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Boucher v. Steffes

Supreme Court of Montana
Nov 27, 1972
503 P.2d 659 (Mont. 1972)


In Boucher, the plaintiff filed a complaint against defendant Steffes and the administratrix of defendant Byer's estate in Fallon County, where the administratrix resided.

Summary of this case from Emery v. Federated Foods


No. 12207.

Decided November 27, 1972.

Appeal from District Court of Falcon County. Sixteenth Judicial District. Hon. Alfred B. Coate, Judge presiding.

William R. McNamer, Billings, argued for appellant.

Gene Huntley, Baker, argued for respondent.

This is an appeal from the denial of a motion for change of venue from Fallon County to Yellowstone County.

Issue: Should the question of venue be reexamined whenever there is a change of parties defendant?

The facts giving rise to this action are not in dispute. On May 4, 1968, defendant Joe Steffes, Jr., was involved in an automobile accident in Western North Dakota. With him was his father-in-law, plaintiff Edgar Boucher, and one John W. Trudo. The accident involved a head-on collision with a vehicle operated by Edward J. Byer. The Byer car had been purchased that day from the Erwin Heberle Ford Agency at Baker, Montana. Byer was killed in the collision and all three occupants of defendant's vehicle were injured. Following the accident defendant Steffes moved his home from Baker in Fallon County, to Yellowstone County.

Trudo filed suit against defendant Steffes and the administratrix of the estate of Byer in federal court on February 10, 1970. On the same day plaintiff Boucher filed against the same defendants in the state court in Fallon County.

Decedent Byer had no liability insurance or other resources which could be used to pay a judgment, if one were rendered against him. A question arose: Whether, in view of the fact Byer had purchased the car that day, the insurance policy of the Heberle Ford Agency might attach by virtue of the holding of this Court in Irion v. Glens Falls Ins. Co., 154 Mont. 156, 461 P.2d 199?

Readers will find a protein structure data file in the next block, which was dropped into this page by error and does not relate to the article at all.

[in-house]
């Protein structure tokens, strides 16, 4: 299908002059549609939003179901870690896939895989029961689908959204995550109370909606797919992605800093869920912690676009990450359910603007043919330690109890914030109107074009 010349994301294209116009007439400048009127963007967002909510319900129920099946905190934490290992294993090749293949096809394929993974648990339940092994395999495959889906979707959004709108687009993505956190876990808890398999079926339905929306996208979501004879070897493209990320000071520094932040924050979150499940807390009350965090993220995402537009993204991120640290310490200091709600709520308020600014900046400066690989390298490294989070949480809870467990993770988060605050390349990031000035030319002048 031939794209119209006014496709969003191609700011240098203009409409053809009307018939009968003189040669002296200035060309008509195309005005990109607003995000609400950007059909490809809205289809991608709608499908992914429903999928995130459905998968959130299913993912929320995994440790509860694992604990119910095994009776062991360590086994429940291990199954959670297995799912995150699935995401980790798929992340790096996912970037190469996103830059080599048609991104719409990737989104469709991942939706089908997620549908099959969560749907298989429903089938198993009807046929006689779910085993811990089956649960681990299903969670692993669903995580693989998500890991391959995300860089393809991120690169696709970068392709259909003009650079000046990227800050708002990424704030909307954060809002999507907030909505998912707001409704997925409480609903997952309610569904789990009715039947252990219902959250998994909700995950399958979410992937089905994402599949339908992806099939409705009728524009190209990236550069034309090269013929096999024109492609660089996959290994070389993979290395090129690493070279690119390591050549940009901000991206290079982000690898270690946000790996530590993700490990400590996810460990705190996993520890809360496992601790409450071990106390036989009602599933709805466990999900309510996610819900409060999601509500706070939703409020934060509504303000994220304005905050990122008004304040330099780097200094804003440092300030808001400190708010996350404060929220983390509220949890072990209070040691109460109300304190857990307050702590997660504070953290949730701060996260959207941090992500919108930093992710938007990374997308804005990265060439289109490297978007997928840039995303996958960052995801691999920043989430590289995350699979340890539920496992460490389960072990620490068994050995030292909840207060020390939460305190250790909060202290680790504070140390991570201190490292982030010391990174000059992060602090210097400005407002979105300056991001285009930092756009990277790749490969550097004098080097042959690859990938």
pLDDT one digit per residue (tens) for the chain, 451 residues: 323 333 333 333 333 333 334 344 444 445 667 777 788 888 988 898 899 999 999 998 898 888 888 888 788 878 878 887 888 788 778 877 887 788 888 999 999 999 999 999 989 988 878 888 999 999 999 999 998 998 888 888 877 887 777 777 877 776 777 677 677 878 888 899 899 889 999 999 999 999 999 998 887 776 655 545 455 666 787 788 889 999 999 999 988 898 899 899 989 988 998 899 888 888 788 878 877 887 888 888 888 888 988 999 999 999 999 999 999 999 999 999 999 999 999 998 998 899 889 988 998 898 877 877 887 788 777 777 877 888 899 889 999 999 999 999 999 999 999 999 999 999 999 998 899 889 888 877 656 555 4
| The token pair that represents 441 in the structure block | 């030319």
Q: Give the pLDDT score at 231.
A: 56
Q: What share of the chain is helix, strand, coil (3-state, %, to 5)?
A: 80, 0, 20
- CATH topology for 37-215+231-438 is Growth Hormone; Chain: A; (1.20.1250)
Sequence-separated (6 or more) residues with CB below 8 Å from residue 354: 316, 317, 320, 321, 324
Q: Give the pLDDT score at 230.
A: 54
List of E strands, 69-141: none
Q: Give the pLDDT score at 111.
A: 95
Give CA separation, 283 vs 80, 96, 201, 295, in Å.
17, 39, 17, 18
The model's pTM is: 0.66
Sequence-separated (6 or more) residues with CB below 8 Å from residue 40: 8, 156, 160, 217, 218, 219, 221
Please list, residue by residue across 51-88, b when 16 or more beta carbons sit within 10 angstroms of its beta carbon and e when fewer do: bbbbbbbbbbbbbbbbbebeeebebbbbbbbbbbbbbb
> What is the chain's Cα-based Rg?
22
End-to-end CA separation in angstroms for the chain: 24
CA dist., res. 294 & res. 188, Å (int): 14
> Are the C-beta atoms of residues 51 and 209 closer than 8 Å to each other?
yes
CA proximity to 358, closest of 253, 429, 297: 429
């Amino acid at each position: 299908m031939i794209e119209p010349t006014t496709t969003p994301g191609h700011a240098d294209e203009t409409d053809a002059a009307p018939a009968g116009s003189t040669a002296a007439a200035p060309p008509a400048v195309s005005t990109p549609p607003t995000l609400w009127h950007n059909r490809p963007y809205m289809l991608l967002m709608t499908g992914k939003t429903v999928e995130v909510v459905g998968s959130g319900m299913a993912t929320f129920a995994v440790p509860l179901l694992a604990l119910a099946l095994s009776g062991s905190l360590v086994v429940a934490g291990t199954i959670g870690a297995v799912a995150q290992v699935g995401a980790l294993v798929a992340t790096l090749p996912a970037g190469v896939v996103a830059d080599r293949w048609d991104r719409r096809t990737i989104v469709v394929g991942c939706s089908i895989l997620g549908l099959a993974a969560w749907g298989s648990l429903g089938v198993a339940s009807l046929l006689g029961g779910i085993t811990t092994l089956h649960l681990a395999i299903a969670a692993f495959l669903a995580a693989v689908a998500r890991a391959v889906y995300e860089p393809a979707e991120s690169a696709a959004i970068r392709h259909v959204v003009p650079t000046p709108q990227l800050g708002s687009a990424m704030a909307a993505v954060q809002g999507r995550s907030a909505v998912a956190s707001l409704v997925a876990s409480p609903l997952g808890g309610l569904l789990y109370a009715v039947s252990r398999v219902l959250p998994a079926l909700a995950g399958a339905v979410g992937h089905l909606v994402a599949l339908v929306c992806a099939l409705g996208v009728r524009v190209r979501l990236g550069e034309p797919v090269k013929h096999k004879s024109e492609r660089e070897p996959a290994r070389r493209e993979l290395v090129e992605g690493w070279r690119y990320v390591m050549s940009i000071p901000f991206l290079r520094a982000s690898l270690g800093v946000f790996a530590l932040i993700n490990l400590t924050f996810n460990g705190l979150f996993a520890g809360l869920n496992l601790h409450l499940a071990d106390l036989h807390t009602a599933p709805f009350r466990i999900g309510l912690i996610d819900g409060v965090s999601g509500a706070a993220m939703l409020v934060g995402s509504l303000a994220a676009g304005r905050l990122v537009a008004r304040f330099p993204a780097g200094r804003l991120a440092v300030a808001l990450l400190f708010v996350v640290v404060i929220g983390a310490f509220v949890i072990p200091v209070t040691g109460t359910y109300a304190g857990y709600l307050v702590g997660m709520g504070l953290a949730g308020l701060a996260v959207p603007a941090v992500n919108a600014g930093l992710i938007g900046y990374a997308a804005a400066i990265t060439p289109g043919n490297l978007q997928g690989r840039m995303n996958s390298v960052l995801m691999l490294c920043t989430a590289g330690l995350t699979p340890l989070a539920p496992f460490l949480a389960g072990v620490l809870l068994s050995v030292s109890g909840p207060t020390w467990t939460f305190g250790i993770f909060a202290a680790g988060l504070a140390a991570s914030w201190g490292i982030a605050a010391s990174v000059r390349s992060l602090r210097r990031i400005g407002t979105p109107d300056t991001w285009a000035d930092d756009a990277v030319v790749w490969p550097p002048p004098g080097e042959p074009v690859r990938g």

After litigation in the federal court determined the Heberle Ford Agency policy did not afford protection to Boucher or Trudo, the administratrix of Byer's estate petitioned the district court for discharge on the grounds there were no assets, no insurance, and therefore, no reason to continue with the administration of the estate. The court dismissed the estate as a party defendant with prejudice.

Defendant Steffes then moved for a change in the place of trial to Yellowstone County on the grounds that he had a right to trial in the county of his residence; that the accident had occurred in the state of North Dakota; that he could not theretofore have moved for a change of place of trial because defendant administratrix was a proper party to the action and a resident of Fallon County; that the joinder of defendant administratrix was conditional ab initio and because of her voluntary dismissal the plaintiff had not met the legal requirements of pleading and proving a cause of action against her in order to maintain venue, or in the alternative did not bring the action against her in good faith in the legal sense required to establish and maintain venue in Fallon County. Further, that trial in Fallon County would be prejudicial to defendant Steffes because plaintiff is a resident of Fallon County and that the proper county for trial is Yellowstone County. The district court denied the motion and this appeal is taken from the ruling.